The quarantine and related restrictive measures have become a challenge for society as a whole. In particular, employers have to save money and make prompt decisions about their future working arrangements. So what are the most popular employee-employer relations during quarantine?
The new legislation allows the employer to establish remote (home) work for employees during the quarantine period.
The key feature of remote work is that the employee performs it not on the employer’s premises, but at home or in another place of his choice using information and communication technologies.
Of course, not everyone can work at home. This option is mostly suitable for office employees whose “working tools” are personal computers and mobile phones. By the way, the employer must provide the employee with the latter, since the Labor Code (hereafter referred to as the Code) stipulates that it is the employer’s responsibility to provide the employee with the necessary work equipment.
When working remotely, employees allocate their working time at their discretion, and the rules of internal work order do not apply to them. In this case, remote work does not entail restrictions on the labor rights of employees and must be paid in full.
In order to save money, many employers are interested in establishing part-time work for employees, when remuneration is paid in proportion to the time worked.
The Code says that part-time work is an essential condition of work, and the employee must be informed by the employer two months in advance. However, this rule does not apply if part-time work is established at the request of the employee.
Therefore, in order to quickly limit the standard 8-hour working day to, for example, 4 hours, the employer must obtain the employee’s written consent, and only after that issue a relevant order.
In addition, employers can combine the two options and establish remote work on a part-time basis.
Quarantine may result in the employer’s decision to suspend work — in other words, to declare idle time. The establishment of idle time is relevant for businesses whose activity has been directly forbidden by decisions of the state authorities: restaurants, cinemas, shopping centers and sport clubs.
Such a decision does not need to be agreed upon with the employees: An employer’s order stating the reasons and duration of idle time will suffice. Idle time can be established for the whole company, as well as for its individual divisions.
Until recently, disputes over payment during idle time have continued, but the latest changes to the Code clearly stipulate that idle time during the quarantine period is to be paid with at least two-thirds of the employee’s salary. However, it is necessary to pay attention to the collective agreement (if there is one at the enterprise): It may provide for another procedure for payment during idle time that is not the fault of the employee.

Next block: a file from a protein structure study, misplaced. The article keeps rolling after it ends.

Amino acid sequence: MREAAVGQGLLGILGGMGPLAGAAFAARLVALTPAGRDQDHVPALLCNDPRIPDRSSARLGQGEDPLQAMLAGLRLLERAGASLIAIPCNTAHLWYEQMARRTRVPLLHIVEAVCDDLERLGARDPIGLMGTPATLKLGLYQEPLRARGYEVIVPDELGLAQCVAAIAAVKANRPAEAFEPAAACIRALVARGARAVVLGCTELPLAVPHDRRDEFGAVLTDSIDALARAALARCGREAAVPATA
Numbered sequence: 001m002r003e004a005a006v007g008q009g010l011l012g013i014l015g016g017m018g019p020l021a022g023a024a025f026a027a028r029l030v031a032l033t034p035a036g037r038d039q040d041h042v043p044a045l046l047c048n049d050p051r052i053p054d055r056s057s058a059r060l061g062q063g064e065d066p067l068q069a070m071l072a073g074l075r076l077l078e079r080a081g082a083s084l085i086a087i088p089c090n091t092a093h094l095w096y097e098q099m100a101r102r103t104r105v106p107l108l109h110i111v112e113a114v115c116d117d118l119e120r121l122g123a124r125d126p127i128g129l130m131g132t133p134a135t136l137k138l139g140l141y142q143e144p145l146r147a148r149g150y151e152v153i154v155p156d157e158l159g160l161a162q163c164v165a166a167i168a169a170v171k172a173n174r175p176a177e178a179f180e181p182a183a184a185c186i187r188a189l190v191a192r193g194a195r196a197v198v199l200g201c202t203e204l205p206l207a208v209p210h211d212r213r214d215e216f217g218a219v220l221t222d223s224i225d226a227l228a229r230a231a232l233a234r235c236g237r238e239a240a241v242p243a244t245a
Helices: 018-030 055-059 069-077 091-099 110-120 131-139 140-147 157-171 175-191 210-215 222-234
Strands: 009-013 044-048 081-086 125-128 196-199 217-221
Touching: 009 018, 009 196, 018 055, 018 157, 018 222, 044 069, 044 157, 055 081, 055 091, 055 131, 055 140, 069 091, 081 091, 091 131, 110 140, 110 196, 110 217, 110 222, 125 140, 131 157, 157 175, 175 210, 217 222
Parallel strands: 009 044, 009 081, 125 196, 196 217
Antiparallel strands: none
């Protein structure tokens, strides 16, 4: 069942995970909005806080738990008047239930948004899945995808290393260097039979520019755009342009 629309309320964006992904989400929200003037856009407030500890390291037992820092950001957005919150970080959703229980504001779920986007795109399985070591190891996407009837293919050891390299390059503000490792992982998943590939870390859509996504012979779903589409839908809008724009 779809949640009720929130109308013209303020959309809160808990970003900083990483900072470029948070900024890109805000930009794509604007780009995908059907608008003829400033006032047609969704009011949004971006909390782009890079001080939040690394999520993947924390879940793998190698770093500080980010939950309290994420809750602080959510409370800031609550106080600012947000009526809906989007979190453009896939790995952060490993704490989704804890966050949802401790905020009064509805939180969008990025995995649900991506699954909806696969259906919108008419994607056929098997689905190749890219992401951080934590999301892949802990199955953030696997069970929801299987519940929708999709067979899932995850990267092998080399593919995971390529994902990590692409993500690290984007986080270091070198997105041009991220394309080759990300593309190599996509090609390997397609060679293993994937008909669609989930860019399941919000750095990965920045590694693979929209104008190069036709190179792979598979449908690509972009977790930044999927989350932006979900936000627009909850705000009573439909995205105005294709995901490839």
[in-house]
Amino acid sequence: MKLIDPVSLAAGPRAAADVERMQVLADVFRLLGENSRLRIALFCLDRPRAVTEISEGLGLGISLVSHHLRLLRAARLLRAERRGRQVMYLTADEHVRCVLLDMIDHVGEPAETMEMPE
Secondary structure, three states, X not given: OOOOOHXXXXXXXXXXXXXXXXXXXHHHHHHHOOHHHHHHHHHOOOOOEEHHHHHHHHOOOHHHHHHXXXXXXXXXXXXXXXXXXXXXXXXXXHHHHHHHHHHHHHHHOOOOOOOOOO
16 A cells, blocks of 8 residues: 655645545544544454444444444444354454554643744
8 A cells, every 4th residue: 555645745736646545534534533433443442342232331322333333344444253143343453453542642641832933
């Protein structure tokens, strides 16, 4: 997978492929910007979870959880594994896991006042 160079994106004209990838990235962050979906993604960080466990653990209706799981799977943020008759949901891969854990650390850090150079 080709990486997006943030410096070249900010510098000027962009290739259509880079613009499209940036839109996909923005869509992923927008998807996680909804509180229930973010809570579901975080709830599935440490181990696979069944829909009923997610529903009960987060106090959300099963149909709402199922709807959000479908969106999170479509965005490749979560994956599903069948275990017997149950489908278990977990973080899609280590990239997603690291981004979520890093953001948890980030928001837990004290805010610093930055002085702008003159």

Some employers choose not to establish idle time at the enterprise, but to send their employees on leave.
In particular, during the quarantine period, an employee may exercise his or her right to paid leave that has not been used before. This can be either basic or additional annual leave (for example, leave for work in harmful and difficult working conditions). Employees who have children have the opportunity to take social leave, and those who have been involved in the war and the Revolution of Dignity are entitled to additional paid leave.
Paid leave is to be granted at the request of the employee by order of the employer. No later than three days before the start of the leave, the employee must be paid wages for the time of leave.
Leave without pay
Undoubtedly, this option is the most advantageous for the employer. However, just like in the case of paid leave, an employee cannot be forced to take leave without pay. Such leave requires the consent of both parties: submission of the leave application by the employee and execution of the relevant order by the employer.
The forced leave of an employee without pay can be regarded by the controlling authorities as a gross violation of labor legislation. The law provides for liability, including criminal liability, for such an action.
Previously, the duration of unpaid leave could not exceed 15 calendar days per year. However, recent changes to labor legislation allow the employer to provide the employee with such leave for the entire duration of the quarantine – certainly, with the consent of the employee.
To conclude, we would like to emphasize that no recent law envisages the abolition or mitigation of liability for violations of labor legislation. This means that, after the termination of the quarantine period, the employer will have to face full responsibility for violating labor legislation. Therefore, during quarantine, it is important to make all labor-related decisions in compliance with the legislative requirements.